AMA Gears Up to Fight ND Licensure and Doctors of Nursing Practice

The American Medical Association is formalizing a policy that directly opposes licensure for naturopathic physicians. The new resolution is under review by the AMA's House of Delegates, and is one of several political moves clearly indicating the AMA's intention to restrict non-MD health care practitioners and re-assert its role as arbiter of health care practice.

Resolution 209 opposing ND licensure was introduced to the AMA's House of Delegates in May by the AMA's Florida delegation. It reads as follows:

    Whereas, The American Medical Association has always stood for patient safety and the science of medicine; and Whereas, The well-being of patients and the ability for them to be taken care of in the best manner is a goal of the AMA; and Whereas, There is a misconception about the extent of the education and training of naturopaths; and Whereas, The AMA has no set policy concerning the licensing of naturopaths to practice medicine without the proper educational background; and Whereas, Many states are now facing an onslaught of non-MDs/DOs wanting to practice medicine; therefore be it RESOLVED, That our American Medical Association work through its Board of Trustees to outline a policy opposing the licensure of naturopaths to practice medicine and report this policy to the House of Delegates no later than the 2006 Interim Meeting (to be held Nov. 11–14, in Las Vegas).


Though the education standards for NDs and NMDs seeking state-level licensure laws are well documented, the AMA's resolution simply uses the term "naturopath," and fails to distinguish between graduates of a 4-year naturopathic medical school accredited by the Council on Naturopathic Medical Education, and others who use the title of "naturopath."

Individuals who earn an ND or NMD from one of the four accredited US schools (National College of Natural Medicine, Bastyr University, Southwest College of Naturopathic Medicine and University of Bridgeport) receive thorough training in anatomy, physiology, biochemistry, diagnosis, and related health sciences, in a curriculum that closely overlaps conventional allopathic curricula. They also receive intensive practical training in nutrition, botanical medicine, physical medicine and pharmaceutical therapies.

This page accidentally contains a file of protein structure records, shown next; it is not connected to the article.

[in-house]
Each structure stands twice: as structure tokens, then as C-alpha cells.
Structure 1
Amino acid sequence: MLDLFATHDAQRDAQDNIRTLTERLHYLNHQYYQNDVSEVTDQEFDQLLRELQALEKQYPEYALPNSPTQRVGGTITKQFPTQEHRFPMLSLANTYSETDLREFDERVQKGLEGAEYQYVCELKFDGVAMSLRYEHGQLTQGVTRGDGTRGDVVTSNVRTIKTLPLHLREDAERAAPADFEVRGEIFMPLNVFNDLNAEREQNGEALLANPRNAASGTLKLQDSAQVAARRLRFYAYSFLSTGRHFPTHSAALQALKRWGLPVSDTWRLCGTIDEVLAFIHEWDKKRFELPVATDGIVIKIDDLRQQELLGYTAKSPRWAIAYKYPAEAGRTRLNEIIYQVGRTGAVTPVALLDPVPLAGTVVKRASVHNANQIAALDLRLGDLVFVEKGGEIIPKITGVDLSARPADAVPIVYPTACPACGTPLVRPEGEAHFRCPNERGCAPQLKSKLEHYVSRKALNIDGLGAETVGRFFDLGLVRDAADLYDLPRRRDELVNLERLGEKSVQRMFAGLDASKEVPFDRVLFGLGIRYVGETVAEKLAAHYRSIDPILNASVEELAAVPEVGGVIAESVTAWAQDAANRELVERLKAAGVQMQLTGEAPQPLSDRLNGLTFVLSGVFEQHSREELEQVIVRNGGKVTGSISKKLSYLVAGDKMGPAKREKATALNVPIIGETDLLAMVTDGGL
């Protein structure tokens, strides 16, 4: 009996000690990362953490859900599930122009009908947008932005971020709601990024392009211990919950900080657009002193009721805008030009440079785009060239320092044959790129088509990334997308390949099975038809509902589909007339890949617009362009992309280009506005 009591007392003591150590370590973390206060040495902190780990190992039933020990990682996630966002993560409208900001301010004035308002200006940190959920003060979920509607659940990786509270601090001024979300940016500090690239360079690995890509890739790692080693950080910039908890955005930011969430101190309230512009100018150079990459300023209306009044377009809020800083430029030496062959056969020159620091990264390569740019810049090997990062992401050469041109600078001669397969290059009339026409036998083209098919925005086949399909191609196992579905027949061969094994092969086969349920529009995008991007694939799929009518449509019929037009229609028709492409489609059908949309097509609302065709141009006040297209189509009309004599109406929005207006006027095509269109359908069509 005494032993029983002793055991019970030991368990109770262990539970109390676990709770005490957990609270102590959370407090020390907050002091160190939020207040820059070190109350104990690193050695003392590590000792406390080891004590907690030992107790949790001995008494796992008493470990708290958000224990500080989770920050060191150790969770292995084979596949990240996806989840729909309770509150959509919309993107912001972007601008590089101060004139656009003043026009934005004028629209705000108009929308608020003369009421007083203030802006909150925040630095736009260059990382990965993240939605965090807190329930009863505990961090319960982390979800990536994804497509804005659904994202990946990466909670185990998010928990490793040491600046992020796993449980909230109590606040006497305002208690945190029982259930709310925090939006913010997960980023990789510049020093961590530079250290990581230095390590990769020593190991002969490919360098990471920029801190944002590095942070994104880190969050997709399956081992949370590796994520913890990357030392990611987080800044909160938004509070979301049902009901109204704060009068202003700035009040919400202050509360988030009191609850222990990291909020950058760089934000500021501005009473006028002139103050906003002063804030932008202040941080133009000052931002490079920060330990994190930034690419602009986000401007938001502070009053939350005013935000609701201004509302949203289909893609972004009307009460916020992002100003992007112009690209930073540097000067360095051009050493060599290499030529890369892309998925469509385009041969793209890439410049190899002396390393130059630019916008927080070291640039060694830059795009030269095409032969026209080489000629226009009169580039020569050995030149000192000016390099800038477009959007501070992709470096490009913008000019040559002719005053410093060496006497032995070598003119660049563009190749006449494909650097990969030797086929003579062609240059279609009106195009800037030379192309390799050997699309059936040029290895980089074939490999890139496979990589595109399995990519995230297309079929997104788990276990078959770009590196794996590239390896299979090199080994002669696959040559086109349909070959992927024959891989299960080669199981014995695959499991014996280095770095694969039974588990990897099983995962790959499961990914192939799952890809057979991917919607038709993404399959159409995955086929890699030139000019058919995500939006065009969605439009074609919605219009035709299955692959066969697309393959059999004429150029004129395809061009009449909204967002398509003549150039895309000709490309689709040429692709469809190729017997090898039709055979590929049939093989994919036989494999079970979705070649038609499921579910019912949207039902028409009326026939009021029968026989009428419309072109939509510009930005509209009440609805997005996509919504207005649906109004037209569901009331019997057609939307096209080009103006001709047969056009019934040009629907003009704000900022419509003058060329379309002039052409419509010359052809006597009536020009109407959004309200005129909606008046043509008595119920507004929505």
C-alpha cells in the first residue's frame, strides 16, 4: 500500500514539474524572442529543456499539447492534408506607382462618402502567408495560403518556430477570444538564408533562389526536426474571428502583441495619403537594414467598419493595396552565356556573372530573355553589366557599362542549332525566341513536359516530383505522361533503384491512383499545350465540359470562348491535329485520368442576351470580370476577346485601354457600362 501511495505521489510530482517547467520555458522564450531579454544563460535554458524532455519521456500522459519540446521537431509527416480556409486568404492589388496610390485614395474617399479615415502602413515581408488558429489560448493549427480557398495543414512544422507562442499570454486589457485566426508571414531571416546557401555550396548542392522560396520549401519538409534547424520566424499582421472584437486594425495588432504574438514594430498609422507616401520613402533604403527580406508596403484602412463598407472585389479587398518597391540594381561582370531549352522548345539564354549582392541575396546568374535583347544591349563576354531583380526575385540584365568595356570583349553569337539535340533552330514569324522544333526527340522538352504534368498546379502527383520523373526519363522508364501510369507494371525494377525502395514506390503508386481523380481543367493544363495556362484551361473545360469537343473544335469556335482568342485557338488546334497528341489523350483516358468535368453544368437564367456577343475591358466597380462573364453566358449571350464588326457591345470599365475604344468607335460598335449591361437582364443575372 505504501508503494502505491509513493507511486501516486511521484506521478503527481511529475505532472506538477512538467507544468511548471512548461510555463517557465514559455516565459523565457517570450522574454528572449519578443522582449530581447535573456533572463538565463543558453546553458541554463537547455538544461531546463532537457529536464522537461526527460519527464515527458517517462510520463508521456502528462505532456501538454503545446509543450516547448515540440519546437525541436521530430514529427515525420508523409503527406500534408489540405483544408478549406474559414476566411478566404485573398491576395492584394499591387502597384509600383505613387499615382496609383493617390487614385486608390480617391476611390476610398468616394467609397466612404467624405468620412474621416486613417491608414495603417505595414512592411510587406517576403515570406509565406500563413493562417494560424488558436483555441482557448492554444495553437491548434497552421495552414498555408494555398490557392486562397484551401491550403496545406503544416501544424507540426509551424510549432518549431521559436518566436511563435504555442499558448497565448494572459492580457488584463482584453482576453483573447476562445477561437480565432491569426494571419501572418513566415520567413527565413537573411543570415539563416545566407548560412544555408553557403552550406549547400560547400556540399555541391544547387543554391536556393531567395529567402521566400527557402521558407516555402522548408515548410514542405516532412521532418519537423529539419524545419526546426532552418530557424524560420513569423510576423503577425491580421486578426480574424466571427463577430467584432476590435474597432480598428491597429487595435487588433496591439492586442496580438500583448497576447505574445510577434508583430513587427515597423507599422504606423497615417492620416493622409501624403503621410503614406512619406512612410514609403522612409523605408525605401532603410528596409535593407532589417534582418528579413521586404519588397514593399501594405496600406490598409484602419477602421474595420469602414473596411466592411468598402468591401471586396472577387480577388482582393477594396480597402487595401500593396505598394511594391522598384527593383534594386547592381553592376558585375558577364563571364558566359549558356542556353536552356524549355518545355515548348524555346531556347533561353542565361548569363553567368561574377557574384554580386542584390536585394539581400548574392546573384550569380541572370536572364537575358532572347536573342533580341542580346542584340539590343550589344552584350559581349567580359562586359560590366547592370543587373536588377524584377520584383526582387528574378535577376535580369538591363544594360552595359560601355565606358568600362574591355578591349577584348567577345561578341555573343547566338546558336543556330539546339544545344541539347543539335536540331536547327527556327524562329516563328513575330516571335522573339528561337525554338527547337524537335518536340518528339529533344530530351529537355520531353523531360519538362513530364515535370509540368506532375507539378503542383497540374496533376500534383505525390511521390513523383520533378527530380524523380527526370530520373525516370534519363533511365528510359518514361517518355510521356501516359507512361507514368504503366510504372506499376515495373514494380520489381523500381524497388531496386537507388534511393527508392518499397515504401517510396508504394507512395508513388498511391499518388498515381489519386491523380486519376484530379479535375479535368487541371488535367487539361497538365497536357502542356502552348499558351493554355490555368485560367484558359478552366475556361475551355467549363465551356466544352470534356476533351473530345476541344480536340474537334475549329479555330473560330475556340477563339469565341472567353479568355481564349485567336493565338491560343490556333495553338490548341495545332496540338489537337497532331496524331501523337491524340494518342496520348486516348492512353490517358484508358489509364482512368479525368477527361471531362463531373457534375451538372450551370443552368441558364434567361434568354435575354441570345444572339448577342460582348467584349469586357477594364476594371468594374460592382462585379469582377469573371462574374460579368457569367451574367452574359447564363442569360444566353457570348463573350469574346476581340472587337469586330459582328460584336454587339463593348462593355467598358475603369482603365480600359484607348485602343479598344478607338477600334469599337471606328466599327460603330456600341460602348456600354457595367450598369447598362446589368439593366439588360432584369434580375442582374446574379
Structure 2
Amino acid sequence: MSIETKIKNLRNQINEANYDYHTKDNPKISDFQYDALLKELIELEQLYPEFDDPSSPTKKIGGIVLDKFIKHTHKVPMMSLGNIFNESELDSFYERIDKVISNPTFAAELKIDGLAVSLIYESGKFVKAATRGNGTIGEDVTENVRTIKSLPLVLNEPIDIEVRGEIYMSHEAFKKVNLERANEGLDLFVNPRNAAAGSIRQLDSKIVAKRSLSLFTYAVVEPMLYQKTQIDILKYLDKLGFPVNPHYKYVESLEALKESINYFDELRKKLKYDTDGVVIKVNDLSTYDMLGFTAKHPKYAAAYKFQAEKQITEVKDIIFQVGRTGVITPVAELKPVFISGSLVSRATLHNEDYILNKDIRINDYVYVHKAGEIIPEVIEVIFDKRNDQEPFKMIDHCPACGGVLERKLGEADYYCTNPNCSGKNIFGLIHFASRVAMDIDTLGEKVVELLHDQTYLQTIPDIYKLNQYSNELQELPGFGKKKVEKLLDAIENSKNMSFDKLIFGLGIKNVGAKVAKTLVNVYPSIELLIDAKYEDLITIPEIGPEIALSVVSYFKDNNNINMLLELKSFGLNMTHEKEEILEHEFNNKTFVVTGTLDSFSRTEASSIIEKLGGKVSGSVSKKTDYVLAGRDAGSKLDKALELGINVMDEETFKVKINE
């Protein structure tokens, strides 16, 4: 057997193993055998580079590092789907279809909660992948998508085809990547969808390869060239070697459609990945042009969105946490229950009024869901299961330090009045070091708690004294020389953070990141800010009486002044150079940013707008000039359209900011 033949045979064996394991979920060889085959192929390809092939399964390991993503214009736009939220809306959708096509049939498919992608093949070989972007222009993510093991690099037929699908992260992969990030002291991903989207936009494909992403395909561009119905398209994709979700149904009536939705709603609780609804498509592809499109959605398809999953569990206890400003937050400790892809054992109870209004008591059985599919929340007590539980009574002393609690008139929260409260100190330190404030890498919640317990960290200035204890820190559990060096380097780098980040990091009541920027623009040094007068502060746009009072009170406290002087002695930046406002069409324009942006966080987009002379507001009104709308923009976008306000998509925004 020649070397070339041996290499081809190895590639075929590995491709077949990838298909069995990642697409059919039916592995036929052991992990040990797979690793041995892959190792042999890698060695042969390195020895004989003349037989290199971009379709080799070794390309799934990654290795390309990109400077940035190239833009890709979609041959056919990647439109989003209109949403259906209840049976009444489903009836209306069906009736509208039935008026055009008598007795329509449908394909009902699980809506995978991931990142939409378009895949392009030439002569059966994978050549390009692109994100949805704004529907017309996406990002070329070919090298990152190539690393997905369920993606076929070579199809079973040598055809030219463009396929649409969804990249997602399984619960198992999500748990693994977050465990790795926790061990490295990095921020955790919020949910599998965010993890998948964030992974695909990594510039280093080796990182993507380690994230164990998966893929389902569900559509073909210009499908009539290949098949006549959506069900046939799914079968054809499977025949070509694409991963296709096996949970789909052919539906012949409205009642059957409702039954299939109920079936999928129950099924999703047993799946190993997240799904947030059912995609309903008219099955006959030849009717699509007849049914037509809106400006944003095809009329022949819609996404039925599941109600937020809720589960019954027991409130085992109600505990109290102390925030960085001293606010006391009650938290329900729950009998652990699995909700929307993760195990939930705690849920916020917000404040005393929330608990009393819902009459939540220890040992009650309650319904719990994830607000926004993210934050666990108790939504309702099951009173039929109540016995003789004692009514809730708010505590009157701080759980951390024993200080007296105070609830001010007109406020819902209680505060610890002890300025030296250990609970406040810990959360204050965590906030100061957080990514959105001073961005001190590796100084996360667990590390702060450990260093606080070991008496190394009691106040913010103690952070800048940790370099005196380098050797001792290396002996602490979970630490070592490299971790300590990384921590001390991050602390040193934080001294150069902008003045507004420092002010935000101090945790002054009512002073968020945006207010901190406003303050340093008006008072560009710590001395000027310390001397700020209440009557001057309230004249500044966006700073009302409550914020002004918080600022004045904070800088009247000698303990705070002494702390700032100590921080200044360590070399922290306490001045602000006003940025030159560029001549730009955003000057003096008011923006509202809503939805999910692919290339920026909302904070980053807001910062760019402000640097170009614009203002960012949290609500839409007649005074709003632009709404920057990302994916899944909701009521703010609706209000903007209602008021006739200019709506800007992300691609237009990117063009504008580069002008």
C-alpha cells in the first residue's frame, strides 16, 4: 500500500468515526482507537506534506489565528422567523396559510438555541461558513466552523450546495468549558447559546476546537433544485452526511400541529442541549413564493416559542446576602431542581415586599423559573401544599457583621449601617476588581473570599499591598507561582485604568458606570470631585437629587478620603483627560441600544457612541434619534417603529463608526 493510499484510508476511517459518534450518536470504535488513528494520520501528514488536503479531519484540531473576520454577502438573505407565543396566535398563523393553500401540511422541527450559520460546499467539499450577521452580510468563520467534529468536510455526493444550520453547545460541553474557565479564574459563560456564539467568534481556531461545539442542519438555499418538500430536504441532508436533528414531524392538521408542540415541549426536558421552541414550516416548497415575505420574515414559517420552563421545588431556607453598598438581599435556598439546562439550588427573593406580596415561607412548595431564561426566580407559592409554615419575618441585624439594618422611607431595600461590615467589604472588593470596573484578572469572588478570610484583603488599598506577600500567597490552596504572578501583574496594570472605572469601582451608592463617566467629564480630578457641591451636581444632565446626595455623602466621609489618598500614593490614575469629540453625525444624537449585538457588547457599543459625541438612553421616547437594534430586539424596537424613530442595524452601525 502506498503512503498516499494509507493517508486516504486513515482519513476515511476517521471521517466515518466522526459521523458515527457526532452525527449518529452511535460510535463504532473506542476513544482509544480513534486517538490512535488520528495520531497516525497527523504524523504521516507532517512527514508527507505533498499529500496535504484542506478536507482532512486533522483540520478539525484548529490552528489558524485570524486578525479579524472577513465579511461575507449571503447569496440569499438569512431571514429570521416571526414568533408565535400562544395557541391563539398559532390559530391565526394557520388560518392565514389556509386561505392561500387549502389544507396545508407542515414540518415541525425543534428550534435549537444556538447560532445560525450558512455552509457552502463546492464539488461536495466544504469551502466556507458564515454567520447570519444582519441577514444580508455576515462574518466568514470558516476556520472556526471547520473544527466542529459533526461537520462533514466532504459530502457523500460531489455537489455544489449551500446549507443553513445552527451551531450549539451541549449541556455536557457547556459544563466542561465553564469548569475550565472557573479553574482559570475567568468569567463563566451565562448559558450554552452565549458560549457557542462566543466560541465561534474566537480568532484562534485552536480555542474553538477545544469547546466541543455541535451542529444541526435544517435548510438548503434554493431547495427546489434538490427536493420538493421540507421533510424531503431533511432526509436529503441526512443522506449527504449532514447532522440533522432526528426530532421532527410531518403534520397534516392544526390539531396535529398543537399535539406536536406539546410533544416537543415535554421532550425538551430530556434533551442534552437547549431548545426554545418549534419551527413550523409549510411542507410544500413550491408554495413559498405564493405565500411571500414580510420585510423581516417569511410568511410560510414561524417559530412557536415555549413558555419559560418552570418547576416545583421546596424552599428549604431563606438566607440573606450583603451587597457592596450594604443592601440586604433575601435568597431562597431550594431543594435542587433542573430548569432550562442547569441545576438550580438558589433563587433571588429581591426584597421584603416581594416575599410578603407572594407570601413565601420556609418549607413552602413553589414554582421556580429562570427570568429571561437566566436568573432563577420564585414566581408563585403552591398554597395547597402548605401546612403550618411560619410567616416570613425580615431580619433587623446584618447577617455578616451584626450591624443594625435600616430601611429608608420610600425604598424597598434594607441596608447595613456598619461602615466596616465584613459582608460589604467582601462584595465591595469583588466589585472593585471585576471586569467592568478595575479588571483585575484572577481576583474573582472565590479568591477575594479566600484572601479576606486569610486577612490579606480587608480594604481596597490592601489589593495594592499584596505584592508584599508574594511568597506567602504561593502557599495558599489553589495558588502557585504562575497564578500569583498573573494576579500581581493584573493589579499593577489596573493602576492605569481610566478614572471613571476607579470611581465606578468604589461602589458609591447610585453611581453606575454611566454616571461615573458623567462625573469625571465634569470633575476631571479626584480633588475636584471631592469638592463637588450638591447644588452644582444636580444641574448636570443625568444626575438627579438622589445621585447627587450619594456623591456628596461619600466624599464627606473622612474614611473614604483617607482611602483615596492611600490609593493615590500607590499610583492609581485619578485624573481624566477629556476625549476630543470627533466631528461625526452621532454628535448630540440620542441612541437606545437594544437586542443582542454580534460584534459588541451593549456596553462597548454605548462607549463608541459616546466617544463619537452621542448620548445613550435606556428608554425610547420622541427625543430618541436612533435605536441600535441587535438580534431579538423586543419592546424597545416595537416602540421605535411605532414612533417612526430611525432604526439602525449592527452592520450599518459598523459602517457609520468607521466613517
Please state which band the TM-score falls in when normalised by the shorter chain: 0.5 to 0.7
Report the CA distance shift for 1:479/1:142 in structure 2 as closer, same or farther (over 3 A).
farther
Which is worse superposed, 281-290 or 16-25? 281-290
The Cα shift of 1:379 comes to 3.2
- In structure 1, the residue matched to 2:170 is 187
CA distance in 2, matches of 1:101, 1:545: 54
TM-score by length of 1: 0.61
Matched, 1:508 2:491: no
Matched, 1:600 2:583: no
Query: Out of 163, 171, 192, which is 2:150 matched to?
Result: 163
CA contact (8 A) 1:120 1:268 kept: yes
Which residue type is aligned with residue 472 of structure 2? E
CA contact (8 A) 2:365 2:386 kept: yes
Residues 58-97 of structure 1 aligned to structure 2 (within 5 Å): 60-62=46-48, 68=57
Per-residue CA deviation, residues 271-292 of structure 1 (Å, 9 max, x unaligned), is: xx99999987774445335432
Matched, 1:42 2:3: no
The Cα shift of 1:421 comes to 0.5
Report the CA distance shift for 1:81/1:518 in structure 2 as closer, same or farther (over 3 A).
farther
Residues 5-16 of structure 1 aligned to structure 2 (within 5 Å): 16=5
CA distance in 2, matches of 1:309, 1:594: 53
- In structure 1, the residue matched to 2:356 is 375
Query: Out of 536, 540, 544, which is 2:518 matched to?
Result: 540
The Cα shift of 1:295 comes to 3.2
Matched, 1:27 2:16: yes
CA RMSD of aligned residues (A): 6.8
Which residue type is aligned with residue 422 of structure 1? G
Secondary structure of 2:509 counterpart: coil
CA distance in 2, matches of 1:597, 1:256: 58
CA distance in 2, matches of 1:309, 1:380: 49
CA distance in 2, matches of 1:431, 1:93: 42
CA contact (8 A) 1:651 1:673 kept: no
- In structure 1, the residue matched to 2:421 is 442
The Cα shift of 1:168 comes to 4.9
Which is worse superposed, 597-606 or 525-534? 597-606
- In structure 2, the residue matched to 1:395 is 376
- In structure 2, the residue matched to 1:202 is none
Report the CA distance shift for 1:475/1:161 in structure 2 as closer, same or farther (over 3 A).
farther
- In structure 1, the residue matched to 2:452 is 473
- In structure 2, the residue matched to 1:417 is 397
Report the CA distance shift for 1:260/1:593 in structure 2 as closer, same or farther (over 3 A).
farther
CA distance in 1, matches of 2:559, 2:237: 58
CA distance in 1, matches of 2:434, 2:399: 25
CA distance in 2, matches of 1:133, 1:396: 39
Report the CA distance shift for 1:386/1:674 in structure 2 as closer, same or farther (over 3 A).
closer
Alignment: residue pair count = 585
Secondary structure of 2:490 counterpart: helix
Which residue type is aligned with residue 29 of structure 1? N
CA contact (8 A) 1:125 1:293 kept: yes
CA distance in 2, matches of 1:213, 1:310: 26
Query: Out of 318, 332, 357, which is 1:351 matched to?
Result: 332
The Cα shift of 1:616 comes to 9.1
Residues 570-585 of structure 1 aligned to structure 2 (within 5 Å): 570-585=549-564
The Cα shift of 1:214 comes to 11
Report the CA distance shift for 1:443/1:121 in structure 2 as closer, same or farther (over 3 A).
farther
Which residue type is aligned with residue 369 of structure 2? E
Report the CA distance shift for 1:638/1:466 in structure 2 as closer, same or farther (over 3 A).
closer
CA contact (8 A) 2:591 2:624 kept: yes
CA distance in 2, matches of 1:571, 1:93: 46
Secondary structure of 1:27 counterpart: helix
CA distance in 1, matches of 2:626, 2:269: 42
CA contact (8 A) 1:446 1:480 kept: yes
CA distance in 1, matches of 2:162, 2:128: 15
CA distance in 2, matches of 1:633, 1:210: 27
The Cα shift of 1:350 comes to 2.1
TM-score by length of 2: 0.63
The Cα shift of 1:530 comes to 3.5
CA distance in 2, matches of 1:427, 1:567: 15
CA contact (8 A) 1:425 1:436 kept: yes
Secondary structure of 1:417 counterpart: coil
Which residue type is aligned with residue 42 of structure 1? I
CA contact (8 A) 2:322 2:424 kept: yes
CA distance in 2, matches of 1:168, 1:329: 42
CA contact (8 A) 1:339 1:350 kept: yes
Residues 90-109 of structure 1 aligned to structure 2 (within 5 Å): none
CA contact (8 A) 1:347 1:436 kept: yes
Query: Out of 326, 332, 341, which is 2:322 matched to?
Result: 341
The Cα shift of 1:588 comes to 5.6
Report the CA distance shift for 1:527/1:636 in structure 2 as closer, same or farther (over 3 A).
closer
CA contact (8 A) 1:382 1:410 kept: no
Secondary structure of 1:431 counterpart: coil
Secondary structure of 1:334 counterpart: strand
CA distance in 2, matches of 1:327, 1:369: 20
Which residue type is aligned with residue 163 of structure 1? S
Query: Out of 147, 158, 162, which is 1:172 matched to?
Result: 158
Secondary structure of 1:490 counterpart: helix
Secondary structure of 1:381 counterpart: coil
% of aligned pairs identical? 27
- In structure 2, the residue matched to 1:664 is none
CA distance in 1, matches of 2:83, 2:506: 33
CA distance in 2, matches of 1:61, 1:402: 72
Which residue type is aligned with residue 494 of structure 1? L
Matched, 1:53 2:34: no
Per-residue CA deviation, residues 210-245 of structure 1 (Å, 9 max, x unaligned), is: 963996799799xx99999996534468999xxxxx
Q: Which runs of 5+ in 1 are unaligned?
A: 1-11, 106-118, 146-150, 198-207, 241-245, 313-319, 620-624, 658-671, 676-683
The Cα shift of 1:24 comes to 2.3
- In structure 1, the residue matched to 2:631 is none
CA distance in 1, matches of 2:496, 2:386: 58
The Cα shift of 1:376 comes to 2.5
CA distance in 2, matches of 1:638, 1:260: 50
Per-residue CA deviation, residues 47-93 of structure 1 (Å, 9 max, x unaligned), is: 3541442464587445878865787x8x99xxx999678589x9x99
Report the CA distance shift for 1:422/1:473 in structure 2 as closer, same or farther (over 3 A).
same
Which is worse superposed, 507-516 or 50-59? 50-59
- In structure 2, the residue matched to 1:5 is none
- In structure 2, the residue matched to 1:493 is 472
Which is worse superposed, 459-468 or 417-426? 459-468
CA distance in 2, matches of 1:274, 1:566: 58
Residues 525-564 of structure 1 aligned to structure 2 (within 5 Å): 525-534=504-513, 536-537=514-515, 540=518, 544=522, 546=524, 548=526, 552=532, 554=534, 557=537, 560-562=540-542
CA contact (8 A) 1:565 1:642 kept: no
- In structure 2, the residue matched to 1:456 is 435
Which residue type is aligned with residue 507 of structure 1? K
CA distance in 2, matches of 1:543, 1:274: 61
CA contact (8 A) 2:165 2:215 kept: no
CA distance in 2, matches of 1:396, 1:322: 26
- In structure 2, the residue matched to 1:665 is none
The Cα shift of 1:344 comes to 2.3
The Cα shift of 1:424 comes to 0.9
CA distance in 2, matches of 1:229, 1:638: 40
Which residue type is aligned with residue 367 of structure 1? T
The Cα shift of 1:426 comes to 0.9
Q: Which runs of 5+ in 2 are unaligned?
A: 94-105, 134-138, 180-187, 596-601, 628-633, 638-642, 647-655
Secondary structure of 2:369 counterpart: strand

However, in states without licensure laws (and currently only 14 states have ND/ NMD licensure), anyone can use the term "naturopath" regardless of level of training. If there is any "misconception" about naturopathic medical education, it is because those who drafted Resolution 209 failed to do their homework.

It is interesting that this resolution originated in Florida, where an ND licensure bill came close to passing. By opposing rather than supporting licensure, the AMA and its affiliated state medical associations actually threaten the very public well-being they claim to be protecting.

According to Jane Guiltinan, ND, President of the American Association of Naturopathic Physicians, "The AANP fully supports the AMA's stated goal of providing the highest quality of care for patients. Indeed, that is why the AANP is committed to passing licensure laws for naturopathic physicians in all 50 states. Licensing laws that clearly define scope of practice ensure patients have access to trained professionals held accountable by regulation and state oversight."

She added that, "The AMA's opposition to licensing NDs actually places patients at greater risk for misdiagnosis and improper treatment from those who call themselves naturopathic doctors, but have not attended accredited institutions or have not received the clinical training required to diagnose and treat."

Formal AMA opposition could affect ND/NMD licensure efforts in New York, Florida, Pennsylvania, Illinois, Massachusetts, North Carolina and several other states. Lise Alschuler, ND, President of the Illinois Association of Naturopathic Physicians, said Resolution 209, "is a declaration of war, and it makes their [AMA's] position on naturopathic medicine very clear. It is going to make our jobs a lot harder for the next few years, but we're doing this for one reason: licensure is necessary to provide public access to high-quality natural health care."